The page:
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I am amazed at the sexism and disheveled behavior in Bridget Jones … says author Helen Fielding

I’m amazed at the sexism and disheveled behavior in the Bridget Jones movies, says Helen Fielding – the woman who made her

  • The author of Bridget Jones has condemned sexism in her book series
  • Helen Fielding was shocked at the nasty behavior of Bridget’s male colleagues
  • Ms. Fielding also denied rumors that Mark Darcy is based on Sir Keir Starmer

The creator of Bridget Jones has admitted that she finds it difficult to endure the “ shocking ” levels of sexism in the films of the same name, but is happy with the progress made in the workplace.

Helen Fielding recalled how she and her two children watched one of the popular Hollywood adaptations she co-wrote, with Oscar winner Renée Zellweger in her thirties.

The 62-year-old said she was “baffled” by the disheveled behavior of Bridget’s male colleagues, especially on the fictional TV show Sit Up Britain, where the heroine is told, “No one is ever fired for fucking the boss.”

Bridget Jones author Helen Fielding (pictured) admits she's shocked at the sexism present in her popular book series, especially at the sleezy behavior of Bridget's male colleagues

Bridget Jones author Helen Fielding (pictured) admits she’s shocked at the sexism present in her popular book series, especially at the sleezy behavior of Bridget’s male colleagues

“You can’t write that now,” said Mrs. Fielding. “The level of sexism that Bridget had to deal with, the hand on the bum in so many of the scenes, [Sit Up Britain boss] Richard Finch: “Let’s have a drink.”

“I mean, in the end she turned around and glued it to them, but it was just an essential part of her life.

It was quite shocking to see how things have changed. ‘

Ms. Fielding, who first wrote about Bridget in a 1995 newspaper, said her approach would be different in the post-MeToo era.

In an interview for today’s BBC Radio 4 Desert Island Discs, she said, ‘I think the social conditions surrounding Bridget were different then back then. I don’t think it would have been possible to write it that way now. Things have changed – luckily. ‘

Fielding's book series was turned into a popular movie trilogy, starring Renee Zellweger (pictured) as Bridget

Fielding's book series was turned into a popular movie trilogy, starring Renee Zellweger (pictured) as Bridget

Fielding’s book series was turned into a popular movie trilogy, starring Renee Zellweger (pictured) as Bridget

Bridget – after leaving the publishing world after her affair with Daniel Cleaver played by Hugh Grant – found love with Colin Firth’s character, Mark Darcy.

For years, it has been alleged that her hero was inspired by current Labor leader Sir Keir Starmer, who was also a human rights lawyer at the time.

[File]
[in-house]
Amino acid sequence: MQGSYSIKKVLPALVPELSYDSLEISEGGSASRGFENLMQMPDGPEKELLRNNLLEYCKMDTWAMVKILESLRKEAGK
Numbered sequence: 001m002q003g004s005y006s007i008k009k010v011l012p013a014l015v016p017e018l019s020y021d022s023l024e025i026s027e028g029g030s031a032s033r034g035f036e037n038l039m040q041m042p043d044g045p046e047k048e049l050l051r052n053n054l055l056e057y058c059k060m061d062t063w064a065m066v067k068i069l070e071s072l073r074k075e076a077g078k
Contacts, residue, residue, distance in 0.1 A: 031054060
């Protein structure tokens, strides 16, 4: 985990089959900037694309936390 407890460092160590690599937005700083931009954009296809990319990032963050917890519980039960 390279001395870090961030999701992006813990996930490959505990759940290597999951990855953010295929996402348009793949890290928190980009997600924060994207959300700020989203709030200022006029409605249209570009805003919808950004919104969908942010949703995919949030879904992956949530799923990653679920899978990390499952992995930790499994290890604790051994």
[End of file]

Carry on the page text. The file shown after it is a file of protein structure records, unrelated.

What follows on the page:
However, Ms. Fielding seemed to reject that by saying she was “amazed” at the link.

She said she drew on real life to create Bridget, adding that when the books were released “it was a little confusing that suddenly I had an alter ego that was kind of me and not me. People used to expect me to behave like Bridget and still do. And I do that very often. ‘

The film series also starred Colin Firth (pictured left) as one of Bridget's love interests - Mark Darcy

The film series also starred Colin Firth (pictured left) as one of Bridget's love interests - Mark Darcy

The film series also starred Colin Firth (pictured left) as one of Bridget’s love interests – Mark Darcy

Ms. Fielding denied rumors that Mr. Darcy's character was based on Labor leader Sir Keir Starmer (pictured). Both Firth's character and Starmer both worked as human rights lawyers

Ms. Fielding denied rumors that Mr. Darcy's character was based on Labor leader Sir Keir Starmer (pictured). Both Firth's character and Starmer both worked as human rights lawyers

Ms. Fielding denied rumors that Mr. Darcy’s character was based on Labor leader Sir Keir Starmer (pictured). Both Firth’s character and Starmer both worked as human rights lawyers

She also described how Covid-19 made her think about lost loved ones, including her former partner Kevin Curran, a writer for The Simpsons who died in 2016, and her father, who was killed in a car accident when she was in her 20’s.

“This sounds very old-fashioned, but they don’t go away for me,” she said. “They’re still there in my mind and in the mind. It’s part of the ride we’re all on. I felt it very sharply during the epidemic.

“So much loss around brings back your own losses and you just feel all those people and all that grief and pain.”

Desert Island Discs is enabled BBC Radio 4 today at 11.15 am.

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